In the second quarter of this year, a total of 9,200 new apartments were sold in the six largest markets, 11.7% less than in the previous quarter and as much as 53% down on the same period in 2021. The drop in sales is mainly due to higher mortgage interest rates and tighter credit rating regulations. As shown in the JLL report which summarises the previous quarter, despite the reduced interest in purchasing flats in the market, housing prices continued to rise.
Prices of new apartments continue to rise
In the previous quarter, average offer prices increased on average between 2.5 and 5.5%, dependent on the city. The highest increase compared to Q1 2022 was recorded in Wrocław (8.7%). However, it is worth noting that in the previous quarter there was practically no price increase in the city’s market. However, Tri-City saw prices remained practically unchanged in the last three months in comparison to a 7% plus increase in Q1 2022. On an annual basis, flats in Poznań (21.3%) and Łódź (just over 20%) registered the largest increases. In contrast, the smallest increase in offer prices was recorded in Warsaw (12.8%).
“The greatest price spread concerned the prices of flats that were introduced for sale in the past quarter. It is worth remembering that the average prices of these units are characterised by high volatility, as they depend on the characteristics of this pool of flats and their relation to the prices of flats introduced for sale in the preceding quarter,” emphasises Aleksandra Gawrońska, Director, Head of Residential Research JLL. “Compared to the first quarter of this year, the average price for flats introduced to the market in Q2 2022 have also increased. In the case of Wrocław, it was as much as 26.6%, which is related to the appearance of a large and very expensive investment on offer. A similar situation occurred in Kraków, where the average price of these flats was 19.3% higher than the previous quarter,” adds Aleksandra Gawrońska.
The situation was the reverse in the Tri-City and Łódź. Flats introduced for sale on these markets in Q2 had average prices lower quarter on quarter by 10% and 7.9%, respectively. However, a slowdown in the average price of flats sold was recorded, especially in Warsaw, the Tri-City, Poznań and Łódź. This may also be reflected in the developers’ pricing policy in future quarters.
A lack of transparency in the available offer
The second quarter of 2022 has seen significant supply-related developments, which in the opinion of JLL's experts, have had the effect of reducing the transparency of the relationship between demand, supply and price evolution.
“In Q2 2022’s new supply, in addition to the projects intended for sale, there were quite a number which had been previously kept back due to a reduction in demand. These investments appeared in the offer predominantly in the last days of June so that their “formal” entering the market could be conducted prior to July 1, when a new developers’ act would come into force. In reality, these particular properties will appear on sale either at the end of the year or in the first half of next year,” predicts Kazimierz Kirejczyk, Executive Director, Residential Advisory, JLL.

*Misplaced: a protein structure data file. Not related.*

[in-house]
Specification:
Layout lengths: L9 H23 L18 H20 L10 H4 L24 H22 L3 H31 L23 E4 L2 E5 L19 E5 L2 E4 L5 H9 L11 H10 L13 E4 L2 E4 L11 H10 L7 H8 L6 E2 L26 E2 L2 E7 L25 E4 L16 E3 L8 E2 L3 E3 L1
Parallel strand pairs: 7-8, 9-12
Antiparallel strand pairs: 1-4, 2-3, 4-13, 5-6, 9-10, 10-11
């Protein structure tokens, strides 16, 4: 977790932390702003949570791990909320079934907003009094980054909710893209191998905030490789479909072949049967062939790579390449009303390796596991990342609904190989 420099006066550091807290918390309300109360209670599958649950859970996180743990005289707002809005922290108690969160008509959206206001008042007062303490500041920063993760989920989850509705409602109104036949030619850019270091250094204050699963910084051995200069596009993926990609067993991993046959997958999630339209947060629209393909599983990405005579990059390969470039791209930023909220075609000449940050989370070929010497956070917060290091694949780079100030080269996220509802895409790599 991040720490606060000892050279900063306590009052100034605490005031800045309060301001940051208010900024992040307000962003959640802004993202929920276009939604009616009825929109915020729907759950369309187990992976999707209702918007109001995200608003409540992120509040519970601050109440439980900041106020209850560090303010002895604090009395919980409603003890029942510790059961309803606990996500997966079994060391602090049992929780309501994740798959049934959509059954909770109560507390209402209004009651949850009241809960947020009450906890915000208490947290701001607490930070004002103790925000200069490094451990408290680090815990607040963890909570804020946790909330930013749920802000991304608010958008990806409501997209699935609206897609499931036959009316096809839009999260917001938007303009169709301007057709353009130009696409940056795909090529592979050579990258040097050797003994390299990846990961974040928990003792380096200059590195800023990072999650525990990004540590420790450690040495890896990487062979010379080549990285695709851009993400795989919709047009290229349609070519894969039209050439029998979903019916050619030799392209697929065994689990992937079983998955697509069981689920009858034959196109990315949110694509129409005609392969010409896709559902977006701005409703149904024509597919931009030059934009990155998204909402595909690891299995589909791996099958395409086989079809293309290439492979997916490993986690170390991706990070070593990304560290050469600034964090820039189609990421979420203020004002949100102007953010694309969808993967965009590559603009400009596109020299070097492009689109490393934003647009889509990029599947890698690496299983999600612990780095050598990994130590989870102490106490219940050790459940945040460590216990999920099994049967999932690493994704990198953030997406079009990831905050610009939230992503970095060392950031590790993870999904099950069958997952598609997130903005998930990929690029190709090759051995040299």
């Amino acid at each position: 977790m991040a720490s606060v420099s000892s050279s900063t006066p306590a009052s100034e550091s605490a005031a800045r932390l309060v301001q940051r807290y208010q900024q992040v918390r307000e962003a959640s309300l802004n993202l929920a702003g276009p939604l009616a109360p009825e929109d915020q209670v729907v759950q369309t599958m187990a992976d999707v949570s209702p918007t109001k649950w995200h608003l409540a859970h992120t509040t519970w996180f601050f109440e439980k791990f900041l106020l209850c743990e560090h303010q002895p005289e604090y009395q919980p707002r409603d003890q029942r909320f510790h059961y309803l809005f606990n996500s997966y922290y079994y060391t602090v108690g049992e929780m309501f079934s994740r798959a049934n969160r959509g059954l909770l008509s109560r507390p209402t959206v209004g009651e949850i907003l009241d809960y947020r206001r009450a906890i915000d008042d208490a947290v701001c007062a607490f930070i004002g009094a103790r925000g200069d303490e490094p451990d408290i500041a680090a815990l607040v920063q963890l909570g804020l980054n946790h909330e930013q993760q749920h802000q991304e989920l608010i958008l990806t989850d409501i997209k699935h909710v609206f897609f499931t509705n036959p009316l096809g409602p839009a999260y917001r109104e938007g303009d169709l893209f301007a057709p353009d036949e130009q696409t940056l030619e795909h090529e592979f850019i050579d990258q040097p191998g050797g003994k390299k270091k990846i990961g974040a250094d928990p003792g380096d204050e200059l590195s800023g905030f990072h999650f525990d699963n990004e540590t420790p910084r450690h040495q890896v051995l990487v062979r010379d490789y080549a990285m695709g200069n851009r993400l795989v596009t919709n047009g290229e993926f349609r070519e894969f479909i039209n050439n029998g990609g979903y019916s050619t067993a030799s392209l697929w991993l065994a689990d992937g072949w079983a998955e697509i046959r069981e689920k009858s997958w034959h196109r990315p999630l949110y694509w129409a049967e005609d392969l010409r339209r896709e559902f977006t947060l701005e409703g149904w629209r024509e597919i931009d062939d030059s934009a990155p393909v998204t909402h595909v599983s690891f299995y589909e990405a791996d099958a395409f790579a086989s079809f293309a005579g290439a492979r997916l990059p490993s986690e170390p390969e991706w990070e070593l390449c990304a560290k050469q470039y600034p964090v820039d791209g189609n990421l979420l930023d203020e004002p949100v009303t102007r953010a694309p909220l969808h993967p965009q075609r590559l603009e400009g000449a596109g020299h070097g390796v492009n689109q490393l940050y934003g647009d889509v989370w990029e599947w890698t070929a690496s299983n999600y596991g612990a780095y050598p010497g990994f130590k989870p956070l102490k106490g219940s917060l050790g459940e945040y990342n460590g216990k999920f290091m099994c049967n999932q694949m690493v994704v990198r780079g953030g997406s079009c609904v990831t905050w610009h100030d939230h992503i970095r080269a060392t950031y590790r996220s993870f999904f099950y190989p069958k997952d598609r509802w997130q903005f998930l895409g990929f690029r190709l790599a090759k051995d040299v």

As a result, the number of flats whose sales formally started in Q2 on six major markets was very high – over 19,000. However, in reality, only approx. 11,500 of them can be treated as actual new supply. JLL experts assess that the developers' behaviour is a rational response to the market situation. They are trying to adjust the volume of new supply to the lower level of sales.
“Developers have also tried to ensure that they would be able to sell some of their new development projects on existing terms, mainly out of concern regarding the risk that buyers could resign from buying a flat, which they had previously committed to, if market conditions were to deteriorate in the future,” comments Kazimierz Kirejczyk, Executive Director, Residential Advisory, JLL.
For market analysts and market participants, however, this strategy adopted by developers means that there are problems in assessing the scale of actual supply. As a result, there are currently two main types of flats for sale: “actual” – current – and those introduced “formally”, but whose sales are deferred. The phenomenon of introducing investments “formally” for sale was a major feature in three agglomerations: Warsaw, the Tri-City and Wrocław.
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